Friday, 30 March 2012

Measuring ECCD progress: UNESCO's 5 new reviews

It is widely acknowledged that the assurance of effective early childhood care and development (ECCD) requires a holistic, multidimensional approach which encompasses the physical, cognitive, linguistic and socio emotional development of young children. Such an approach ultimately cuts across multiple sectors including health, education, social protection and nutrition and requires effective regulatory and policy frameworks to ensure its successful implementation.

This situation creates the challenge of not only facilitating the involvement and coordination of these different sectors, but measuring progress within each of these different components. Five new publications by UNESCO offer a review of indicators that seek to do this. Focusing on the areas of care, education and child development; policy and planning; social protection; legal protection and health and nutrition, the individual reviews provide an inventory of the principal indicators relating to five areas critical to ECCD as well as recommendations for the content of the Holistic Early Childhood Development Index (HECDI).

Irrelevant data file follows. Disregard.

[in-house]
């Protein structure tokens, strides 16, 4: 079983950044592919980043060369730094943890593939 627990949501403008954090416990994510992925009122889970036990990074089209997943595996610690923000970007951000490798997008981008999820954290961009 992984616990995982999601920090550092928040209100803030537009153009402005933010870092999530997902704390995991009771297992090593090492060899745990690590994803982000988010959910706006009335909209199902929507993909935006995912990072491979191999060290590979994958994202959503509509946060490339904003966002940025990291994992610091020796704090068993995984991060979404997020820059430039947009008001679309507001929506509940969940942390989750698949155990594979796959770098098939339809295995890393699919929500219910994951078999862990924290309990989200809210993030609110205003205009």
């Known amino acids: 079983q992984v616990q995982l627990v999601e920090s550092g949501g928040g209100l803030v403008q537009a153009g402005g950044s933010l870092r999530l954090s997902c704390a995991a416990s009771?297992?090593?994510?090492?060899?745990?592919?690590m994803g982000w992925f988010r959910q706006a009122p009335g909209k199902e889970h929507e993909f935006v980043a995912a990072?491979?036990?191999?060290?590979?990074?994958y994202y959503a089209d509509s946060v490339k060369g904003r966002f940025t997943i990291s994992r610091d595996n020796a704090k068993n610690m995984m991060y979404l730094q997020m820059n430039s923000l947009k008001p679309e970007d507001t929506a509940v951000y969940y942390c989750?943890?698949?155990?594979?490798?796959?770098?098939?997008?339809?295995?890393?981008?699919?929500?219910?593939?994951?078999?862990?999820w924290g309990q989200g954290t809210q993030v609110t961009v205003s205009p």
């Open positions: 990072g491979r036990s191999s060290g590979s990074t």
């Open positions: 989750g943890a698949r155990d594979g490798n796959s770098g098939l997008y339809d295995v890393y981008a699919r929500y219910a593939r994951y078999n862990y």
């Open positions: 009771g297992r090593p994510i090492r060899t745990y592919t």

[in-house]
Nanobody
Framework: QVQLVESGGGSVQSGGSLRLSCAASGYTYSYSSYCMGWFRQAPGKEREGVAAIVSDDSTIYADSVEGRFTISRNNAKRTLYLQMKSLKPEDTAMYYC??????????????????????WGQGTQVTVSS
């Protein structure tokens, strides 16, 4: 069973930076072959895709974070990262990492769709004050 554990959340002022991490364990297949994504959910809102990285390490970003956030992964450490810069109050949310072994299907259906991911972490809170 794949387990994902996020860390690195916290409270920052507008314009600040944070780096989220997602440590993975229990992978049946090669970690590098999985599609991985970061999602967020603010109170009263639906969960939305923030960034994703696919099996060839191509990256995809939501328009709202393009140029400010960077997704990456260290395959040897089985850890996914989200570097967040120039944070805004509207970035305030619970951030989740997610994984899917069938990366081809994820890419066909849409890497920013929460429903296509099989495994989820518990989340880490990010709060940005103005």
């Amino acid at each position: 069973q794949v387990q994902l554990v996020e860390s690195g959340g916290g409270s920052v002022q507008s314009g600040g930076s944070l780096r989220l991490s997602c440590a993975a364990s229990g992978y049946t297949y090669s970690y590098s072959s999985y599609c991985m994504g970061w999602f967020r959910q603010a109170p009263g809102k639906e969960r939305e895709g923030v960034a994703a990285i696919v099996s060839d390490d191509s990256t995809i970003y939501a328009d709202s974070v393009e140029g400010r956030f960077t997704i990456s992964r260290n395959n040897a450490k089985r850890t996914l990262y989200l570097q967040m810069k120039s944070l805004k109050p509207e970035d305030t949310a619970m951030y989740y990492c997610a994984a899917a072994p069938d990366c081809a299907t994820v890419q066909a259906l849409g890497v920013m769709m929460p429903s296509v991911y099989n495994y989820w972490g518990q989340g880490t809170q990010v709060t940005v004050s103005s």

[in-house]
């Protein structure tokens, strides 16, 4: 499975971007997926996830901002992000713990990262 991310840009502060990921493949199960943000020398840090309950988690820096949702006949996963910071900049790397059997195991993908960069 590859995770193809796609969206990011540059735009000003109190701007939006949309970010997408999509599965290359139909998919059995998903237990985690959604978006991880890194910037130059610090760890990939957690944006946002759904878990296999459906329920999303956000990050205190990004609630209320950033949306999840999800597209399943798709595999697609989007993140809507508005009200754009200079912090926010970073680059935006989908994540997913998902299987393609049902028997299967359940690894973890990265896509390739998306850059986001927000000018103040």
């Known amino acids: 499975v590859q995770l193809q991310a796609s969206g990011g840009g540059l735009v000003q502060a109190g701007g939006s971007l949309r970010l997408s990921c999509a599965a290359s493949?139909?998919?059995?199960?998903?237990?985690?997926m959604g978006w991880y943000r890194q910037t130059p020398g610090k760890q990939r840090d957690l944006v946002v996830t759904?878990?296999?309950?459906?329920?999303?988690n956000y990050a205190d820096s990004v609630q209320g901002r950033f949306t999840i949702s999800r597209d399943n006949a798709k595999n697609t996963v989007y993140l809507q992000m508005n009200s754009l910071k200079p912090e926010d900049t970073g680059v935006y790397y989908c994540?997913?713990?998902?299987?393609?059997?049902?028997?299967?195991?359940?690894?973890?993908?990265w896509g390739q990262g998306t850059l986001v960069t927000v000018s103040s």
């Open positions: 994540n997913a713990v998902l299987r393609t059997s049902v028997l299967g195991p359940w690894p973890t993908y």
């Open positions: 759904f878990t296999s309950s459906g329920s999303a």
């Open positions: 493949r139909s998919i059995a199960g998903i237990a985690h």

The proposal of the HECDI came about as a result of the World Conference of early childhood care and education (ECCE) organised by UNESCO in cooperation with the Russian Federation in 2010, where the ‘Moscow Framework for Action and Cooperation: Harnessing the Wealth of Nations’ agenda was adopted. The action agenda invoked UNESCO to “to convene a working group to explore the development of an instrument capable of tracking progress towards EFA goal 1, with particular attention to quality and the holistic aspects of early childhood care and education.”

To develop the HECDI UNESCO has created an Interagency Technical Committee which is composed of childhood development experts from the Bernard van Leer Foundation, Un Kilo de Ayuda (Mexico), Save the Children, UNESCO, UNICEF, the WFP, the WHO and the World Bank. This tool will assist in the monitoring and evaluation of ECCD initiatives and the measurement of progress within the different components of ECCD. It will also help to track progress in improving children’s general well-being.

It is estimated that the HECDI will be published in 2013.

Hannah Chadwick - Wikichild 

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